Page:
%Gallery-171373%In fact, this town was originally called San Antonio, founded in 1835 along a skinny river, 7,000 high in the sierras, in the northern reaches of what was then Mexico. Only in 1892 did San Antonio rechristen itself Cleveland (after Grover, the American President), for the purpose of getting a US post office. Still, Cleveland belonged to the Wild West, a town of mills and saloons, murders and feuds, hidden in the mountains and guarding a culture all its own.

I tried to find out more about Cleveland by asking around Taos. All people seemed to know, though, was a story about a bear. They told it like a tall tale. Once, not so long ago, an old lady was cooking in her kitchen. A black bear let itself in and attacked the cook. One Taos man had this to add to Cleveland’s lore: “It’s the Appalachia of New Mexico.” Back in high school, he was afraid of Cleveland guys. Something about shotguns.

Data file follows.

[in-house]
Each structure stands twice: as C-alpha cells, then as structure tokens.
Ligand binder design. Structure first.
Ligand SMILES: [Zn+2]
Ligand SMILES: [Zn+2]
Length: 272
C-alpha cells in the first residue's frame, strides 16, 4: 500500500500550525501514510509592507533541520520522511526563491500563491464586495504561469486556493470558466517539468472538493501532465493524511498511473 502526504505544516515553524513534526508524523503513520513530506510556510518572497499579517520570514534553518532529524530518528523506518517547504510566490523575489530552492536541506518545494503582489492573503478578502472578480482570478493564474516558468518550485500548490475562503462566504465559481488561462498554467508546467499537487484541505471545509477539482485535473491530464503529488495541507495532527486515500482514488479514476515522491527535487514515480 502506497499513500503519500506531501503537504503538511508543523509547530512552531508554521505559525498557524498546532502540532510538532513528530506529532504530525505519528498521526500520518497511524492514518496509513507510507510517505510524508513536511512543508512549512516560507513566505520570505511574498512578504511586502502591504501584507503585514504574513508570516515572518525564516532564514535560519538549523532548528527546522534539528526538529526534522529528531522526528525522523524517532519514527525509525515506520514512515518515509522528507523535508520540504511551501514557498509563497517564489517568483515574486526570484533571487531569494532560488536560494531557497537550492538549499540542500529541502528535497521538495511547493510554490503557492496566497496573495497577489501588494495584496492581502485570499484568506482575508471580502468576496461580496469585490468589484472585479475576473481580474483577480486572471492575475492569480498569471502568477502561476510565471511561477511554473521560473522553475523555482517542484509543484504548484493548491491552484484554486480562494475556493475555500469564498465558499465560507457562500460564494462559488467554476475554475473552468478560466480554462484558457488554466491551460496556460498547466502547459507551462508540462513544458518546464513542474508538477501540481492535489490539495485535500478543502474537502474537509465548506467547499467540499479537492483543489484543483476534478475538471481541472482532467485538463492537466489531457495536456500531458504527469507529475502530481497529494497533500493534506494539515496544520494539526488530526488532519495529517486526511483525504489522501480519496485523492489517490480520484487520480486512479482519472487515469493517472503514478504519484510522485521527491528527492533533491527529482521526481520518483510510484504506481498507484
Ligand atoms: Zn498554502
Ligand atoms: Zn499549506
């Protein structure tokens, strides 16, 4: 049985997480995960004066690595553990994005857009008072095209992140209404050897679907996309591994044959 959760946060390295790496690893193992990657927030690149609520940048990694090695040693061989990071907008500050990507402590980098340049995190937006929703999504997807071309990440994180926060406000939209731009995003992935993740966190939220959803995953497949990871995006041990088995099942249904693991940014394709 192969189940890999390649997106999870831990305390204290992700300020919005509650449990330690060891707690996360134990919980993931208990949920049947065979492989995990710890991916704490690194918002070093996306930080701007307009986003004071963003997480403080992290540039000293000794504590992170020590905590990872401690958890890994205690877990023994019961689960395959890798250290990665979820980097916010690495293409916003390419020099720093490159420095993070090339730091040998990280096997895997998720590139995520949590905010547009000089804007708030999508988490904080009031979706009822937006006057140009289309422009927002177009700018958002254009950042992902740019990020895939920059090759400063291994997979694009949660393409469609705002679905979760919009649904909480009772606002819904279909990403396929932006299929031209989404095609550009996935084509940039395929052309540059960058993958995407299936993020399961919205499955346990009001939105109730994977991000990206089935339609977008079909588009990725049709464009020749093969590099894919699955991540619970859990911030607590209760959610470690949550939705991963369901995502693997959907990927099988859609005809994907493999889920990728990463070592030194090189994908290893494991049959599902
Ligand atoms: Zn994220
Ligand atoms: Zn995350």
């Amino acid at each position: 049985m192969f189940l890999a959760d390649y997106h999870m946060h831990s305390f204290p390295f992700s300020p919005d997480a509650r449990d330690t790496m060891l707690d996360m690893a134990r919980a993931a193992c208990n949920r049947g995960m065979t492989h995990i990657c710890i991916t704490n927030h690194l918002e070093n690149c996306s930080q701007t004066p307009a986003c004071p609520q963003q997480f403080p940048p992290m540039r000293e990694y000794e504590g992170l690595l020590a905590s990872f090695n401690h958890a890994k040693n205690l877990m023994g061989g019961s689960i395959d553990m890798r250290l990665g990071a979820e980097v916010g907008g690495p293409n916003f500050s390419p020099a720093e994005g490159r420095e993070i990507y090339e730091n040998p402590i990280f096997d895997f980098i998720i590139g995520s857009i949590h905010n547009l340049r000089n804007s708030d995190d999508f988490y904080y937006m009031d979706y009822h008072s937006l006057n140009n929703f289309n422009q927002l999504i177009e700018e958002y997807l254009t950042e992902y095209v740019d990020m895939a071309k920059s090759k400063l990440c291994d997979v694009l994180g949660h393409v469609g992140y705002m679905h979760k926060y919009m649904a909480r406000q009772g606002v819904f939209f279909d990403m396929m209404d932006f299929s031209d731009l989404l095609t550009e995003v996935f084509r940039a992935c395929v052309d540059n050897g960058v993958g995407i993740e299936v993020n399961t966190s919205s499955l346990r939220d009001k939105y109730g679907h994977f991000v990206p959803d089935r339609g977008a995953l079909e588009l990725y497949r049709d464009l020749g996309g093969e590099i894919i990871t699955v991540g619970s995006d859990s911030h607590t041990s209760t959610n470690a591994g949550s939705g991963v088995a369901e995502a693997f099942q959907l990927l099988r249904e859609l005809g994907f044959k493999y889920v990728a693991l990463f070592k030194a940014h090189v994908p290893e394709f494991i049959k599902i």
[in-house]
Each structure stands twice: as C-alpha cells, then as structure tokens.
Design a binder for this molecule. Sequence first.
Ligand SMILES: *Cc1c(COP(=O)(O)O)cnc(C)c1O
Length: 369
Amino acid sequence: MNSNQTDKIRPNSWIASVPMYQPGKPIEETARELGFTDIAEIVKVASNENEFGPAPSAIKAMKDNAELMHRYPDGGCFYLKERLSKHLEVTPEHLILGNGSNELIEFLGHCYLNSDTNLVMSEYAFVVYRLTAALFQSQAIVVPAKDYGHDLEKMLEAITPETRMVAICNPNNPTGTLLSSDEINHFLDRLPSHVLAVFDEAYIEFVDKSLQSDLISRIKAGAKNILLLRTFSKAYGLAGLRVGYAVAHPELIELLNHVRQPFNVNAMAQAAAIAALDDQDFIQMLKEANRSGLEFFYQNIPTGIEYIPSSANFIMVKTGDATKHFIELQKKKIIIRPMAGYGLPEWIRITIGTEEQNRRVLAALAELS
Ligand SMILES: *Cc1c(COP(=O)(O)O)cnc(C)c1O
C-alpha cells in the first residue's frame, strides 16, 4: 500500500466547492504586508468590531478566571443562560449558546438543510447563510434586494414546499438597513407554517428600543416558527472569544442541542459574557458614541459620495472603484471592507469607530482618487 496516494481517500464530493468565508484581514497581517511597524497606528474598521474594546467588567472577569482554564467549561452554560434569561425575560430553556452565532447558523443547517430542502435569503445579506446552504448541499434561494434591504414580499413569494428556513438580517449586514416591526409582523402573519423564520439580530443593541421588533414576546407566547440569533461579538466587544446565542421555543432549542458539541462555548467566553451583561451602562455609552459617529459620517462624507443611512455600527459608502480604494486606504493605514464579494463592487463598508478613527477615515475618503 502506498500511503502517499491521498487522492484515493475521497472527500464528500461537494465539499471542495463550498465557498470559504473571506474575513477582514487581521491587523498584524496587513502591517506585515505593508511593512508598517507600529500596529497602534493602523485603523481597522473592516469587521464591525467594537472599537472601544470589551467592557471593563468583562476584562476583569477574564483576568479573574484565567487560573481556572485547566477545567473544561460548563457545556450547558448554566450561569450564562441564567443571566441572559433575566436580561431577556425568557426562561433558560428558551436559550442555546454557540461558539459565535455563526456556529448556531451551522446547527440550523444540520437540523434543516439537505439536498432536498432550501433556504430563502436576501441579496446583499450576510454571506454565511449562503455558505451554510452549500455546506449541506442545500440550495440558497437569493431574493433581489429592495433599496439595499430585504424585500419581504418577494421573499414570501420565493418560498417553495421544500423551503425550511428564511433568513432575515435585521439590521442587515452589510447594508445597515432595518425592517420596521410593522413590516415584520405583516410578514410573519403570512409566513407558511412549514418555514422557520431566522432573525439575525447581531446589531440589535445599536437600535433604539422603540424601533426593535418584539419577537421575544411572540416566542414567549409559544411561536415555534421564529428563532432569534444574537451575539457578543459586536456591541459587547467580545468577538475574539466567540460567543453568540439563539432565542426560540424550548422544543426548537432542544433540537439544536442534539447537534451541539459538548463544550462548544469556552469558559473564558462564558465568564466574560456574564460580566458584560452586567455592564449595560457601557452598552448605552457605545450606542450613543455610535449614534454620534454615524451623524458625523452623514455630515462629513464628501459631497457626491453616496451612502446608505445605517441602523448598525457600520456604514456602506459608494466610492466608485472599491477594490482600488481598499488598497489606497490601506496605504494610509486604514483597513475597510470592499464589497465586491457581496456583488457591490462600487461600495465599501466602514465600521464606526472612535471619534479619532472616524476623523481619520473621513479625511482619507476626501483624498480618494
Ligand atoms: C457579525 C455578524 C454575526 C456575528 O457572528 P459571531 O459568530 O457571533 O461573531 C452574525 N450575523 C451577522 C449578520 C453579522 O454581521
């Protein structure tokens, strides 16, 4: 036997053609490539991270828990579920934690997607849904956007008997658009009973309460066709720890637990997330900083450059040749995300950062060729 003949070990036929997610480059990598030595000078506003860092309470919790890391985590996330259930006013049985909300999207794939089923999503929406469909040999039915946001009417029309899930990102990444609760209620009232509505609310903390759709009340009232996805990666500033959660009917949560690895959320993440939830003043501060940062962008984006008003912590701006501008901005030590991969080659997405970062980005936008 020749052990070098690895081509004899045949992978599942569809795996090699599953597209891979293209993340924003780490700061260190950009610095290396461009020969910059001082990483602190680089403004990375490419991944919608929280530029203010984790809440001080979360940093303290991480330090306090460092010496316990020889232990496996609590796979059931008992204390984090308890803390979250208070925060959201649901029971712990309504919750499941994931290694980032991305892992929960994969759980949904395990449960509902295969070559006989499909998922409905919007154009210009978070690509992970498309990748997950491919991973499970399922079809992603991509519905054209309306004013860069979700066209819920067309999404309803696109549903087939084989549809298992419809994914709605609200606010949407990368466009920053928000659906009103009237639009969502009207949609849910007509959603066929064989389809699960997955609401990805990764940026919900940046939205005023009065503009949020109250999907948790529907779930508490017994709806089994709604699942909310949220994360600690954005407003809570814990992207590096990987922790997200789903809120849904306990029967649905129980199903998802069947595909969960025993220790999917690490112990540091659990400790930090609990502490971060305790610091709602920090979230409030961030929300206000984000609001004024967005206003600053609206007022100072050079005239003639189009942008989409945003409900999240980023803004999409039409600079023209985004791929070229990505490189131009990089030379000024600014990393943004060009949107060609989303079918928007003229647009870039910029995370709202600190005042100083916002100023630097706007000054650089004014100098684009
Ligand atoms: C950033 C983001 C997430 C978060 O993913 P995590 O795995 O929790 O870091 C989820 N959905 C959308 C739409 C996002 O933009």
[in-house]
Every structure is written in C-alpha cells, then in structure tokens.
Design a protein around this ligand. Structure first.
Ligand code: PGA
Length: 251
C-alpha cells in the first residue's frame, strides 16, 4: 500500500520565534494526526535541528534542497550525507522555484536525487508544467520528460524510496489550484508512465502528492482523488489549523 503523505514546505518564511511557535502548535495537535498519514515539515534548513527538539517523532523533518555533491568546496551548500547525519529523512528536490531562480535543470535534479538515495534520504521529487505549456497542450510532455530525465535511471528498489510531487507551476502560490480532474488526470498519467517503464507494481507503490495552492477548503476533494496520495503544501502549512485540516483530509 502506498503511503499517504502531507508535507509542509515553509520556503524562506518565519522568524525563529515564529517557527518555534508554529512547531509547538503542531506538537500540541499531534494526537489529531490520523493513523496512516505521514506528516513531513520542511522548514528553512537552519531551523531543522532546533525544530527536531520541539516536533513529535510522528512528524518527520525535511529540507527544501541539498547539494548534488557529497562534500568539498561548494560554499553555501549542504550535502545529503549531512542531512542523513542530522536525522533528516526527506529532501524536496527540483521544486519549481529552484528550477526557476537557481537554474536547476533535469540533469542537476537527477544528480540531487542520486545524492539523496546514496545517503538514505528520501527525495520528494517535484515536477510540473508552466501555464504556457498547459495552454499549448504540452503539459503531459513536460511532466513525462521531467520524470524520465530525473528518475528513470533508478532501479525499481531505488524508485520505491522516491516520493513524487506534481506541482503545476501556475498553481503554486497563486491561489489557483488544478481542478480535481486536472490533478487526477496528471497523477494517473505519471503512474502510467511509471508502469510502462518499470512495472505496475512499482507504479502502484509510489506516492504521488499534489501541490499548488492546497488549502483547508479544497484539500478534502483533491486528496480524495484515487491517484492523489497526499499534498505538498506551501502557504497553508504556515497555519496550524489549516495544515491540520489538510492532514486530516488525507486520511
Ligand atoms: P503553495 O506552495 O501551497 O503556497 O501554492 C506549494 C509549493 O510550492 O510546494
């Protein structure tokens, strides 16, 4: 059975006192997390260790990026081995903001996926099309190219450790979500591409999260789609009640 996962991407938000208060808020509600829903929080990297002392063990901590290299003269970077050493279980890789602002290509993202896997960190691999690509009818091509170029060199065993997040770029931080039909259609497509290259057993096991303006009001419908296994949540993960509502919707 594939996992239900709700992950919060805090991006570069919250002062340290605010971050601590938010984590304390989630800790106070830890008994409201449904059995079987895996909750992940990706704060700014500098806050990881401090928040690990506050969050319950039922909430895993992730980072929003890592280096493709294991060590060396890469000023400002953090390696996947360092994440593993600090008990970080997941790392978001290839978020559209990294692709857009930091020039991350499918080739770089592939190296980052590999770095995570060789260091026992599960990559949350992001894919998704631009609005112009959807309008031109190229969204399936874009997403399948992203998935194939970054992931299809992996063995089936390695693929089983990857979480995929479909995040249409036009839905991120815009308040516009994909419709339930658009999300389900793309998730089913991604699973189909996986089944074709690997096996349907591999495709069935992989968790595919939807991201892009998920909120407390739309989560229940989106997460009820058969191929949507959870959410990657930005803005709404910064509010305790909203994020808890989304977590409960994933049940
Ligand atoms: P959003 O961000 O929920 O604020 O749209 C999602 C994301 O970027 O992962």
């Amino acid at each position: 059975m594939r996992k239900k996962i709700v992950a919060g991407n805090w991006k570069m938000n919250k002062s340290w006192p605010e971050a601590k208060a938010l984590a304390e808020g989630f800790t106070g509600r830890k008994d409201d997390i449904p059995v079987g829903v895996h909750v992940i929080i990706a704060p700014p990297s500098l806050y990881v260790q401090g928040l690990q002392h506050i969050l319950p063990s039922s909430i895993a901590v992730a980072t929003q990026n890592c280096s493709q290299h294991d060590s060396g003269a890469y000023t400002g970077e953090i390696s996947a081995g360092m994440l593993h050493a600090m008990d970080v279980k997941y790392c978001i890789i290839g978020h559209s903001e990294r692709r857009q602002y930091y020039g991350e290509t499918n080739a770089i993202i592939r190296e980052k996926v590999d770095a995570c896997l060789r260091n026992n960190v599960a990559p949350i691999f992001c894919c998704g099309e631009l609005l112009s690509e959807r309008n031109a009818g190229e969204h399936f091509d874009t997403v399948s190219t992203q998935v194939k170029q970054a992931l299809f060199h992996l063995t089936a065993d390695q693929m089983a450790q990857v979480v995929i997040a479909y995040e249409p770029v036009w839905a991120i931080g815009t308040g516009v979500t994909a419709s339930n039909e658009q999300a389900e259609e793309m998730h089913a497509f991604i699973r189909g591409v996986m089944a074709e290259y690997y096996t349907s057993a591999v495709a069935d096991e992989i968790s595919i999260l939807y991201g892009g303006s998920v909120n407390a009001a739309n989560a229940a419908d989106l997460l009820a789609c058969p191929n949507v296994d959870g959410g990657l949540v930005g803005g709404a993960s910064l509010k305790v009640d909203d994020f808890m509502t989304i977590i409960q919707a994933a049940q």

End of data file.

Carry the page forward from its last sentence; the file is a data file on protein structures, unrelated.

Still, Cleveland called me. Those cars. All that rust. I’m no automobile expert; it’s antiques – the kind not at all in mint condition – that get me. I love the earth-tone palette, history’s whisper, the wear and tear of a couple lifetimes. But it was the way these old cars mingled and merged with the desert that so pleased my eye. The once-shiny work of the factory, reclaimed by the tan earth.

So I went back to Cleveland with a simple plan: I’d walk into the yards most dense with junkers and start photographing. I counted on four things happening. One, I’d get to admire the rusty beauties up close. Two, someone would come outside and ask what on earth I was doing. Three, I’d smile, give a wave, and dial up the charm before anyone could pull a gun. Four, they’d tell what was up with Cleveland.

There’s no pretty sign welcoming you in cursive letters to Little Cleveland. Instead, a mangled white Ford sits atop a hill like a giant lawn ornament. I’d taken no more than three steps towards it, hardly lifted my camera, when the barking began.

I didn’t look at the dogs, well able to imagine their teeth. Instead, I watched a silhouette fill the doorway of the trailer just behind the car. A man. Shirtless. I waved at his fluid silhouette and hoped he’d take my side.